Recovery needs medical treatment, too

If you have a person who has been taking psychotropic medications for a good part of their life, and if you listen to all the disclaimers about side effects of medications on the tube, you can’t help but get the idea that you need to weigh the good and the bad of taking almost any medication. Some psychotropic meds will cause weight gain, which can lead to obesity and plenty of times – diabetes. Another psychotropic med will lower one’s white cell count, which sure isn’t good for fighting any infection.

The behavioral health field sees those individuals who experience the effects of mental illness and/or addictions the same as any other individual. We all want the same things: health, independence and the ability to reach our full potential. The Substance Abuse and Mental Health Services Administration has identified four major dimensions that support a life in recovery: health, home, purpose and community. Pretty much follows what we all want doesn’t it?

The Mental Health and Recovery Services Board doesn’t directly see clients. The board is the administrative piece that plans for, contracts to provide and monitors/evaluates services to clients. Our providers of services offer counseling, case management, intensive outpatient and inpatient services. More services are available, but you get the idea.

So their primary job is to assist an individual manage the symptoms of their mental illness – often through medication. This is no different than managing high blood pressure or diabetes through medication. Like a physical illness, medication is not effective for everyone until the right medication is found, and that may take a little time.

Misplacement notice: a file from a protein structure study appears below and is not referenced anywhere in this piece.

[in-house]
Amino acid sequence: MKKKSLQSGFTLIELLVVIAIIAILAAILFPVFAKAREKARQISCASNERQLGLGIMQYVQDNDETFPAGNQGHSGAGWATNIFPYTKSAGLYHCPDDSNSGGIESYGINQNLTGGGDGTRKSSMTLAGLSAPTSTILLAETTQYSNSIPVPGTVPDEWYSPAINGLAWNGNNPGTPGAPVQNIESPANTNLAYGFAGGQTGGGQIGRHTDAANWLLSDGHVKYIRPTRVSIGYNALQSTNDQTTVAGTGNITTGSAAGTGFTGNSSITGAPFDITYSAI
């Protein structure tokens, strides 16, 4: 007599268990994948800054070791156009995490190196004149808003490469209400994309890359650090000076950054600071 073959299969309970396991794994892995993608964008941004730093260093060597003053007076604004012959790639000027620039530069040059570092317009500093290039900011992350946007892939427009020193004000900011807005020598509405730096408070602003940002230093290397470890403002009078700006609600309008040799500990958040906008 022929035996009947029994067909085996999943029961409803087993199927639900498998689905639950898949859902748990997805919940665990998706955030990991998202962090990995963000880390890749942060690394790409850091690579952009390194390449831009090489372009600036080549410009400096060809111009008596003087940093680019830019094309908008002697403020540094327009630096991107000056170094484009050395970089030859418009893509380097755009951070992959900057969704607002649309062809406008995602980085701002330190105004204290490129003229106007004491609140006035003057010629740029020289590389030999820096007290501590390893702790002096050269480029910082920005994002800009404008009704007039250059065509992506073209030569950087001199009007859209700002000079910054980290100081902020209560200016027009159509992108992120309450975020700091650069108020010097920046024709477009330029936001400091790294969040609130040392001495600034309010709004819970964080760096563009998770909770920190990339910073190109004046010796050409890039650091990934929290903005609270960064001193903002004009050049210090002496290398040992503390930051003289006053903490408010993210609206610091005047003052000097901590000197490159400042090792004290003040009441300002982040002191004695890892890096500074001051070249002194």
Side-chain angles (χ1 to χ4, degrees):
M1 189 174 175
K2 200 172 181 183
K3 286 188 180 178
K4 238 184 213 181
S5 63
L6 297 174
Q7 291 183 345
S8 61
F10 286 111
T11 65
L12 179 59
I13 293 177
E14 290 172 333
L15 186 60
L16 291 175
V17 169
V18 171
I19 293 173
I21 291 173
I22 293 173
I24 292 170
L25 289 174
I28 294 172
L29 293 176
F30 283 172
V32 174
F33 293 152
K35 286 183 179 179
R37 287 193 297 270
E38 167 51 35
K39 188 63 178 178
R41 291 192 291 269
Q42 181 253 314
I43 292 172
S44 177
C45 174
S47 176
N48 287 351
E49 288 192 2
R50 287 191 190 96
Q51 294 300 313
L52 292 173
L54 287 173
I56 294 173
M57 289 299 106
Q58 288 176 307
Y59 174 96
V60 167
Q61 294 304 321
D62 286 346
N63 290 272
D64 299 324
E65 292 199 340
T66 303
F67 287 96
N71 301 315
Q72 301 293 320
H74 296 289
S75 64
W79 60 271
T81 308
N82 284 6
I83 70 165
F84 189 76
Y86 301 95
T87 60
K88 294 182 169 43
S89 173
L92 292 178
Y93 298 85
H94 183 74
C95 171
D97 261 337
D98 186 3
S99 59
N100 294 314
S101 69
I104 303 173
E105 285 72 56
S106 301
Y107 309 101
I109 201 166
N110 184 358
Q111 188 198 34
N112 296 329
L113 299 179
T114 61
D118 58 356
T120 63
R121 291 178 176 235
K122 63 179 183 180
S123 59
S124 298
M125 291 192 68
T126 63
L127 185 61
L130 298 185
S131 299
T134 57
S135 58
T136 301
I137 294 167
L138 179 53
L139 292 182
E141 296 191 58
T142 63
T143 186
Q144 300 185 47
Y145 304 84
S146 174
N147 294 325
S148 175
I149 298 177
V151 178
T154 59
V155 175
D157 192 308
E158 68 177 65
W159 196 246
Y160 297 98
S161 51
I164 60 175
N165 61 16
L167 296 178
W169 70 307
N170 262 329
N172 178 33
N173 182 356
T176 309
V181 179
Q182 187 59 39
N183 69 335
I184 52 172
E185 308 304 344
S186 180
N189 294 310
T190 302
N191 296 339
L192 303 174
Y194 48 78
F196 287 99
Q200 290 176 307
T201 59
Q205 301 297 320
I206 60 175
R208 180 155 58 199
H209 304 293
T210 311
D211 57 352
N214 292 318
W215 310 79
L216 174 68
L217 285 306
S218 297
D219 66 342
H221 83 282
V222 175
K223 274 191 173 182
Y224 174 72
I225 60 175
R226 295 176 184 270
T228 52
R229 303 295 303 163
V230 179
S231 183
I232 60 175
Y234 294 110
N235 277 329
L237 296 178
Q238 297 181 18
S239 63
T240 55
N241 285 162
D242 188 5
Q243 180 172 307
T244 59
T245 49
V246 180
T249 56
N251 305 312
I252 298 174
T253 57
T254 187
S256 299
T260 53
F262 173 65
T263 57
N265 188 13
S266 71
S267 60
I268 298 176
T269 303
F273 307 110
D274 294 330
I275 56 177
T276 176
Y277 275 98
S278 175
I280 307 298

To optimize the use of medications, the client/patient must be informed, engaged in their care and involved in doing the right things to minimize symptoms and optimize their health. We wish the best of health for our loved ones and will help them avoid spikes in their blood sugar when possible. The same is true with a person who suffers from depression.

While this has biological underpinnings, we can still – to some degree -help our loved one avoid environments or alcohol that may bring on a cycle of depression. The Mental Health and Recovery Services Board of Seneca, Sandusky and Wyandot Counties reminds everyone is that as a society, we have assumed people with mental illness or addictions have a limited future and little to contribute. Recovery brings hope. People can and do heal, they manage their illness, and they live healthy and productive lives.

The Mental Health and Recovery Services Board of Seneca, Sandusky and Wyandot Counties is committed to sharing information and resources for better mental health and the prevention of substance abuse. It has a website,, and a link to our Facebook page. If you would like more information, please call the Mental Health and Recovery Services Board at (419) 448-0640 between the hours of 8 a.m. and 4:30 p.m. weekdays. The board’s hotline is available 24/7 at (800) 826-1306.

Nancy Cochran,

executive director